Enchanted April Cover

Based on a novel by popular turn of the last-century author, Elizabeth von Arnim, this is a gentle tale of four women and their spring holiday in a charming small castle on the Italian Riviera, a place full of wisteria and sunshine … and renewal.

Lottie Wilkins (Josie Lawrence) is fussy and down-trodden, married to the overbearing Mellersh (Alfred Molina). Lottie and her friend Rose Arbuthnot (Miranda Richardson) who is just as unhappy in her marriage to Frederick the author of racy novels (Jim Broadbent) who is not above flirting – or even more – with other women. It is drab and rainy, in post-WWI London, and the two women want to get away for a holiday from the rain, their dreary lives and unhappy marriages. And like a miracle, they discover an advertisement for a castle for rent; but to make it work, they must invite two more people to share expenses. They find the elderly widow, Mrs. Fisher – living on memories of better days, when she was not relatively poor, and was friends with many of the literary figures of that day – but not Keats, as she acidly points out to the other ladies. The final member of their quartet is the beautiful socialite, Lady Caroline Dester (Polly Walker), who wants to get away from the exhausting social whirl – but mostly away those men in it.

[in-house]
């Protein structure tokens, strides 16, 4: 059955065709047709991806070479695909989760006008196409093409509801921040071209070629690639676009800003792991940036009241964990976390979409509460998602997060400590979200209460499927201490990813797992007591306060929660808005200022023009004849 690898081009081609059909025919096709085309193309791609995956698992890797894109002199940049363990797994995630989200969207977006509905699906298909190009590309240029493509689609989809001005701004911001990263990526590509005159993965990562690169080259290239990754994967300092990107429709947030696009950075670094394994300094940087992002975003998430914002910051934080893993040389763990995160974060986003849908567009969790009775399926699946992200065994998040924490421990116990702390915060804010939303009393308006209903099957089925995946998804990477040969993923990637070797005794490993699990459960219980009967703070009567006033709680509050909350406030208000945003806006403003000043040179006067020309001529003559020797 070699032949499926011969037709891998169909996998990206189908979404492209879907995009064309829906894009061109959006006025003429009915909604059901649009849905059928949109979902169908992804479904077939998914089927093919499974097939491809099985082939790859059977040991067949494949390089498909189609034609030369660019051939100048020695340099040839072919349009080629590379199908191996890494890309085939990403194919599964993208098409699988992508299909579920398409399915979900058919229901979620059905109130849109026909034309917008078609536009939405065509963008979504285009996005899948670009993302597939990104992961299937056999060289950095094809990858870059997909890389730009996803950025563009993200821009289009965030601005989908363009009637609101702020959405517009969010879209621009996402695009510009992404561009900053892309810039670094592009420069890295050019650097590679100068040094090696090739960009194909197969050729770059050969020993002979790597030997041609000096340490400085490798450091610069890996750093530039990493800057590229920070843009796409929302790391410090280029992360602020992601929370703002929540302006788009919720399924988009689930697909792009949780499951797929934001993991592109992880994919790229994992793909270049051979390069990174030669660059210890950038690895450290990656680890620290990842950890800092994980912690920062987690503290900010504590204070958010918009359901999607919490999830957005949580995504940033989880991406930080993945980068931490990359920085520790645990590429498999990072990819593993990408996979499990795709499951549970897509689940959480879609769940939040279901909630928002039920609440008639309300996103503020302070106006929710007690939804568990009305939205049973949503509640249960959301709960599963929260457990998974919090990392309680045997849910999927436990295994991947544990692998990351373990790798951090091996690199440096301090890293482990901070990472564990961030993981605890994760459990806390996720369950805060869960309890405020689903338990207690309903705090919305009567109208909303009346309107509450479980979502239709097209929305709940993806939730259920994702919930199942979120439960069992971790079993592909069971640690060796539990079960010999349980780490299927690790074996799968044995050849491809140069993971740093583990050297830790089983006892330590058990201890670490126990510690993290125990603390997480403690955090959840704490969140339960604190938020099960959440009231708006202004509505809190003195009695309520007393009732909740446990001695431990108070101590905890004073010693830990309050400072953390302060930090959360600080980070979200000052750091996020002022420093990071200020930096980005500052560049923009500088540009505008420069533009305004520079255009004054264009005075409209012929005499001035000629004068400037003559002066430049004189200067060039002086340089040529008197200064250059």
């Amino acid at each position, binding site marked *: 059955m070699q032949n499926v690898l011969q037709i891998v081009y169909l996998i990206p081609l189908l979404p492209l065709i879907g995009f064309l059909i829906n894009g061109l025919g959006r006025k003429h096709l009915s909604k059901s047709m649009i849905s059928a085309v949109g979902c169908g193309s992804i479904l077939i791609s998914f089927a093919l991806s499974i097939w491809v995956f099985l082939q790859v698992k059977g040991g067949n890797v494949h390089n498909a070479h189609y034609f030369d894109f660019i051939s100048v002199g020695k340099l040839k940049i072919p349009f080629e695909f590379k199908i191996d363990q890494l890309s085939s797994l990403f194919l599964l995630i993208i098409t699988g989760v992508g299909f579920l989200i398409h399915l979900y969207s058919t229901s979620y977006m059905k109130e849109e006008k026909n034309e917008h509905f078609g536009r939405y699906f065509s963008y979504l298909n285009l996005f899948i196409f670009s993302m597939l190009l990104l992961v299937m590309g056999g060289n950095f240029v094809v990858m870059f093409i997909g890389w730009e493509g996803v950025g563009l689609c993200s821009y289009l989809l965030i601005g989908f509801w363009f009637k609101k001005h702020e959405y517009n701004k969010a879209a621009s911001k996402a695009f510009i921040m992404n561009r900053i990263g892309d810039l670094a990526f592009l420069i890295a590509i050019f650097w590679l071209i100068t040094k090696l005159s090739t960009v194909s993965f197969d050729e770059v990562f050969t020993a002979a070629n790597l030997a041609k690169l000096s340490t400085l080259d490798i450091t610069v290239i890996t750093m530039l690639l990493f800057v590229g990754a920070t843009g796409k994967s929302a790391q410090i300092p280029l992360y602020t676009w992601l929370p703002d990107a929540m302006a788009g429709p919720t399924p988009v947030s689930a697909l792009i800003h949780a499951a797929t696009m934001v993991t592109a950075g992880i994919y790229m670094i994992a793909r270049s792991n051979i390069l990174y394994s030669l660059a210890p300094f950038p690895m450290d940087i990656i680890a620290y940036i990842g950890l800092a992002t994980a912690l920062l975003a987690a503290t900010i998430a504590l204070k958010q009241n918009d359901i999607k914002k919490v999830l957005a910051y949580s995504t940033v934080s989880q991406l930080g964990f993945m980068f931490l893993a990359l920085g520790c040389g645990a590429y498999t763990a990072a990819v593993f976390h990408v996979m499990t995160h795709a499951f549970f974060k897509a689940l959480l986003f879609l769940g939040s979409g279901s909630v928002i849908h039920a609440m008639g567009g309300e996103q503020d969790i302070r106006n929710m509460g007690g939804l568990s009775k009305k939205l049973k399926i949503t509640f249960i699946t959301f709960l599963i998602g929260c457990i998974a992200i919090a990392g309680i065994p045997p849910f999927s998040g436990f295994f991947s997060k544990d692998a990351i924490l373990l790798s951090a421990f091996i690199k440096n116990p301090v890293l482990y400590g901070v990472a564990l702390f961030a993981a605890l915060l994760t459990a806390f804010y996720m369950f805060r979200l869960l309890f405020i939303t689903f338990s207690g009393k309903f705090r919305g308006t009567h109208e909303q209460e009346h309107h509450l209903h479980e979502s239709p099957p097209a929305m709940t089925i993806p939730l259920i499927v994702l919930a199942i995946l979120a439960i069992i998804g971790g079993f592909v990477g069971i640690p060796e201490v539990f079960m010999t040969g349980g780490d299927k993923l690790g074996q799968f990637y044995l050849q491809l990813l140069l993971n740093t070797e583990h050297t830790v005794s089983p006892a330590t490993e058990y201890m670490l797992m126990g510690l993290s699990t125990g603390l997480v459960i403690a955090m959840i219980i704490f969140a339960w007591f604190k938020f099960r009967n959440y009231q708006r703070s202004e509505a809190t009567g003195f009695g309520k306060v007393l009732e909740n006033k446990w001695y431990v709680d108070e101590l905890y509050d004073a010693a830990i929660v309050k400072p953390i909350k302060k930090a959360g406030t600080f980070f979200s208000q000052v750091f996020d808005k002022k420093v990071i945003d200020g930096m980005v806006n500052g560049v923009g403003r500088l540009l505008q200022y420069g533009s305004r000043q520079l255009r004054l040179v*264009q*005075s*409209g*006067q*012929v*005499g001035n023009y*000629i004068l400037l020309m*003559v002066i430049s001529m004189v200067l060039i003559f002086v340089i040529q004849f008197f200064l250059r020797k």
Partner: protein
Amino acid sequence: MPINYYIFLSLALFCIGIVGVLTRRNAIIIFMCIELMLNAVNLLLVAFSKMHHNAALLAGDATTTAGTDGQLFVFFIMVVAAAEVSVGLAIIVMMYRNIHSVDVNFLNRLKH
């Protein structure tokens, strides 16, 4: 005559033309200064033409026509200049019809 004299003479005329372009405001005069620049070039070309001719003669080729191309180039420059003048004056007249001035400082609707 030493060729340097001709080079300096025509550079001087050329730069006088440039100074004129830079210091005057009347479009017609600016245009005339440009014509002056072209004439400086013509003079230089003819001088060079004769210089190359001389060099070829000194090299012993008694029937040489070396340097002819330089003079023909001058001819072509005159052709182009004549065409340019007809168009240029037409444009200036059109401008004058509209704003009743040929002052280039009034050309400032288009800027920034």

So this odd and apparently incompatible quartet are off to Italy, and a month-long stay in a picture-perfect mellowed-stone castle, set in a marvelous garden, overlooking the sea – and the remainder of the plot unfolds at a leisurely pace. The castle is as magical as Lottie and Rose had hoped, and over the weeks it works on all of them: Mrs. Fisher’s prickly nature mellows, as she becomes a kind of matriarch. Lady Caroline, astonishingly enough, finds love in the form of the castle’s eccentric musician owner. Rose and her husband renew their own affections, and Lottie – initially rather pathetic and ineffectual – emerges as a serene and wise presence, at the very heart of this odd and self-selected family. The sense of place and time is impeccable, and the castle itself is almost another character.

This movie is highly recommended for anyone like me, who is sick to death of movies containing car-chases, massive explosions and endless rounds of machine-gun fire. The only extra included is a commentary by director Mike Newell and producer Ann Scott. The DVD is available from Amazon.com and other retail outlets.

Sgt. Mom is a free-lance writer and member of the Independent Authors Guild who lives in San Antonio and contributes to the on-line literary magazine, The Deepening. Her current book project, “The Adelsverein Trilogy” is also available at Amazon.com and selected local outlets. More about her books is at her website www.celiahayes.com.

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